Back in Somerset, hidden in plain sight in his back garden, The Shadow is hatching a plan to fight the car park yobs. So far it involves a smoke grenade, some model cars and a G.I Joe. It’s a bit like a precise military manoeuvre but also a bit like a child playing with action figures whilst his mum cooks his tea. His plan, it seems, is to run over to the gang and shout, “Go away, and don’t come back,” most likely because the one thing ‘boy racers’ hate is being given directions. Although ridiculous, there is something about Ken that makes you think he has the capacity for serious violence. It may be the story that his mate regales us with about the time he head-butted a big Scottish bloke who was trying to break into a car; it may be the way he manipulates his G.I Joe around the tiny, chalk-drawn car park on his patio; or it may be the shed packed full of swords and guns in his garden. Whatever it is, it’s intriguing.

Weeks of planning and surveillance, and several G.I Joe funerals later, the time for battle arrives, but the car park is deserted. Not to be discouraged The Shadow hides in a bush whilst the film crew shine bright lights on him in the least subtle display of stealth ever. “How long have you had to wait for crime before?” someone asks. Ken explains that sometimes it can be hours, before almost needlessly divulging that occasionally he has to piss himself to avoid breaking cover. “Err...Ken, I’m going to call it a night,” the cameraman replies, possibly put off by the sound of liquid spilling on concrete. “I could show you what I was going to do?” offers The Shadow, his illuminated face poking out from between the leaves of the bush.

And he does, throwing an unnecessary smoke grenade about two feet away from him, running out of the bush and shouting at a parked car using words more fitting in a letter to the council than in conversation with a bunch of lairy teens. “The local residents do not want you in this car park, I suggest you leave and do not return.” He then sprints off back in the direction of the bush. You can’t help but think that not only would this speech have been spectacularly unsuccessful, but also probably no worse off if missing the ninja outfit, the smoke grenade and the story about weeing himself in bushes.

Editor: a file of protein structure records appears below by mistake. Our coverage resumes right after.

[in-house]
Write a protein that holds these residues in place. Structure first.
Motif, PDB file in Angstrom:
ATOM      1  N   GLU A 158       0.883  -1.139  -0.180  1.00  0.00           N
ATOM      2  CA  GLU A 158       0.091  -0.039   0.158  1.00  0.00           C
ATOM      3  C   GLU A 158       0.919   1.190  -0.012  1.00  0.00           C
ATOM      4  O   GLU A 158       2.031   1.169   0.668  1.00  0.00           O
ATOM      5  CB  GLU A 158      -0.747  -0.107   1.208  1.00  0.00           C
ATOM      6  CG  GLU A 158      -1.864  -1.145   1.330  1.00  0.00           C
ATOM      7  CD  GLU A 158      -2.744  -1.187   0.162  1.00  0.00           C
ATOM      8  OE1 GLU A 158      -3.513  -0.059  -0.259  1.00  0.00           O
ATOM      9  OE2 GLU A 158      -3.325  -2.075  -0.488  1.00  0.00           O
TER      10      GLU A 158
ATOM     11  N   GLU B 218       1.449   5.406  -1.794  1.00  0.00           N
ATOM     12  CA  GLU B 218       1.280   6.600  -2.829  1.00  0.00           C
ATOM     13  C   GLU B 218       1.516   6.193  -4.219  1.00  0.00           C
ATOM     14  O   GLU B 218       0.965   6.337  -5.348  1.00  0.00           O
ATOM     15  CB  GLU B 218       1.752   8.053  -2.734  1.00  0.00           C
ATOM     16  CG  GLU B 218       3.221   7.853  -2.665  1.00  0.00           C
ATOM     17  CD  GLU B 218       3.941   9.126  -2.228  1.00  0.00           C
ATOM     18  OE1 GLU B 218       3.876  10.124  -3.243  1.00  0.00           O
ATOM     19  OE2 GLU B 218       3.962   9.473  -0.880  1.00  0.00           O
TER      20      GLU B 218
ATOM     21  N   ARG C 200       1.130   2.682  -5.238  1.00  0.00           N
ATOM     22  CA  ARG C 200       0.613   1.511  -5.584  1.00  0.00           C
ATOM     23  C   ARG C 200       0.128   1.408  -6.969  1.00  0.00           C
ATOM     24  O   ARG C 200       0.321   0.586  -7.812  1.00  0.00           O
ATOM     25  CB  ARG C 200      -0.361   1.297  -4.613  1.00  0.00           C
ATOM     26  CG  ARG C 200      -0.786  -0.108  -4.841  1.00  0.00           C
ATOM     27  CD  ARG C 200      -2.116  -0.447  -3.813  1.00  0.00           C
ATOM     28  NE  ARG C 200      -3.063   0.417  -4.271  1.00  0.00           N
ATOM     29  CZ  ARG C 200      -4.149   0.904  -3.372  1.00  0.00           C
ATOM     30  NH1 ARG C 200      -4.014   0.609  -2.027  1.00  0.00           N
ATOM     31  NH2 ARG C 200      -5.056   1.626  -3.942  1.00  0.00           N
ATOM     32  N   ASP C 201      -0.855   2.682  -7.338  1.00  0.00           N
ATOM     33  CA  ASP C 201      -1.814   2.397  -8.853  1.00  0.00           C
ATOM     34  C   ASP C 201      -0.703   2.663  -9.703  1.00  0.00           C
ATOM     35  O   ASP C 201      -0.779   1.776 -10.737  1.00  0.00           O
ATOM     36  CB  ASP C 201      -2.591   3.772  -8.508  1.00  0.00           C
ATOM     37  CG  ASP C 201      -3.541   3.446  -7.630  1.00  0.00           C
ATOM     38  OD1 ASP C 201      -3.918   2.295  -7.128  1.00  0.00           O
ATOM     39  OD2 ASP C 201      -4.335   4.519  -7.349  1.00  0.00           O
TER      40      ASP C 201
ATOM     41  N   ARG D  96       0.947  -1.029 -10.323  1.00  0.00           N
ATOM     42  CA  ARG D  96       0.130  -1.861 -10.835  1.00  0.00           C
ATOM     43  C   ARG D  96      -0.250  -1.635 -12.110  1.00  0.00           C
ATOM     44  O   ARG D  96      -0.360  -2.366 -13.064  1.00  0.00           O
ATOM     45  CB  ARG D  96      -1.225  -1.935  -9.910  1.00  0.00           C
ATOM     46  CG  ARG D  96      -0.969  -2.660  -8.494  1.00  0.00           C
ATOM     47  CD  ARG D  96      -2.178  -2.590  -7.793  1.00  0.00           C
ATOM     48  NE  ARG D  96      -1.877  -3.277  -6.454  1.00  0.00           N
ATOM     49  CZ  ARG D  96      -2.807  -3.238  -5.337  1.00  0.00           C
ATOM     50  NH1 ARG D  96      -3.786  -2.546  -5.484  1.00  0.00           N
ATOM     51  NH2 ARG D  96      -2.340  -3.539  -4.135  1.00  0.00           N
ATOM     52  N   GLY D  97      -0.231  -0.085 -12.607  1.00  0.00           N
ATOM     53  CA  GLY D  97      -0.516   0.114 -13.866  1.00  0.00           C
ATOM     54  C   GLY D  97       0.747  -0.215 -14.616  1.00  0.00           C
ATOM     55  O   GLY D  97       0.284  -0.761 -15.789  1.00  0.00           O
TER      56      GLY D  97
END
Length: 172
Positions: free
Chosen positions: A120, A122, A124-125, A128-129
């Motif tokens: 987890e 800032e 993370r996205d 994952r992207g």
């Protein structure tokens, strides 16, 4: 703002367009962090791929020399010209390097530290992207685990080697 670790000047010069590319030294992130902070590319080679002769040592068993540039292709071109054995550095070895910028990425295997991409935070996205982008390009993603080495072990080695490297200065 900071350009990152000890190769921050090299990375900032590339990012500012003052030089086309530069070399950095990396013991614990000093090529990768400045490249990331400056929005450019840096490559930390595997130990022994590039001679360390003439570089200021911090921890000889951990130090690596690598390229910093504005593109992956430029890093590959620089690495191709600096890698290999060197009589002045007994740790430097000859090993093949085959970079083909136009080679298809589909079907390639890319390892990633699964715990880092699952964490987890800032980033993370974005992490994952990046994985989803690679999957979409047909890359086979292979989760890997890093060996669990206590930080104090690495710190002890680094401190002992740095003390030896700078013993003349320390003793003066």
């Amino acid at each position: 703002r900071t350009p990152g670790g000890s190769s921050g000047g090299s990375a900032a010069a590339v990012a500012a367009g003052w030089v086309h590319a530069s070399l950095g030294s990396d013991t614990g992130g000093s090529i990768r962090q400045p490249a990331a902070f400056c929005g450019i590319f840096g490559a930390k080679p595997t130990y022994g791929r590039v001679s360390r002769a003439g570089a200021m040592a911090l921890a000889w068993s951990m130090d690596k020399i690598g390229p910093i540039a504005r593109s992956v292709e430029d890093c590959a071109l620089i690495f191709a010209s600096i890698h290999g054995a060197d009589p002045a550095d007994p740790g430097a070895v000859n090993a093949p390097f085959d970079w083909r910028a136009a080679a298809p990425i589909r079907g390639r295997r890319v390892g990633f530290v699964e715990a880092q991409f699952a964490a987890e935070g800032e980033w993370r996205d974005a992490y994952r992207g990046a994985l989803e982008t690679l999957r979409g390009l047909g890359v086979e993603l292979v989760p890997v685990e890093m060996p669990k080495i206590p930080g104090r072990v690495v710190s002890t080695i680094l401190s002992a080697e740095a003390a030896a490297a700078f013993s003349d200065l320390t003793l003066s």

Despite moments like this containing an unintentional stroke of comic genius, there is a touching and a times very sad undercurrent to the film. Each of our fledgling heroes is spurred on by either past trauma or the strain of their everyday lives, and despite their bizarre behaviour, you can’t help but like all three of them. Ken is still angry after facing a traumatic childhood involving what is suggested to be fairly merciless bullying. Will has in the past suffered depression and uses The Black Spartan as an escape from the demands of his day-to-day life (his wife is unable to work following a head injury and Will is the main carer for their two kids). And Kieran, due to his conditions, seems to find the prospect of simply talking to people almost too much to bear. All three take comfort in their disguises.

We leave our heroes with Kieran deciding to track down the victim of the mugging he read about in the paper. He interviews local residents, between numerous panic attacks, and eventually finds someone who knows her. Unable to speak to her he instead, endearingly, writes her a letter and places it with a box of chocolates on her doorstep, leaving you to wonder if maybe the girl was the objective all along. When reflecting on his success, Noir displays a maturity that you wouldn’t previously have expected. “You don’t need a mask or a costume to be a superhero. It’s what you do, not what you look like or what you wear.” Now, if he could just cc The Dark Spartan and The Shadow in on that then maybe they’d all be better off.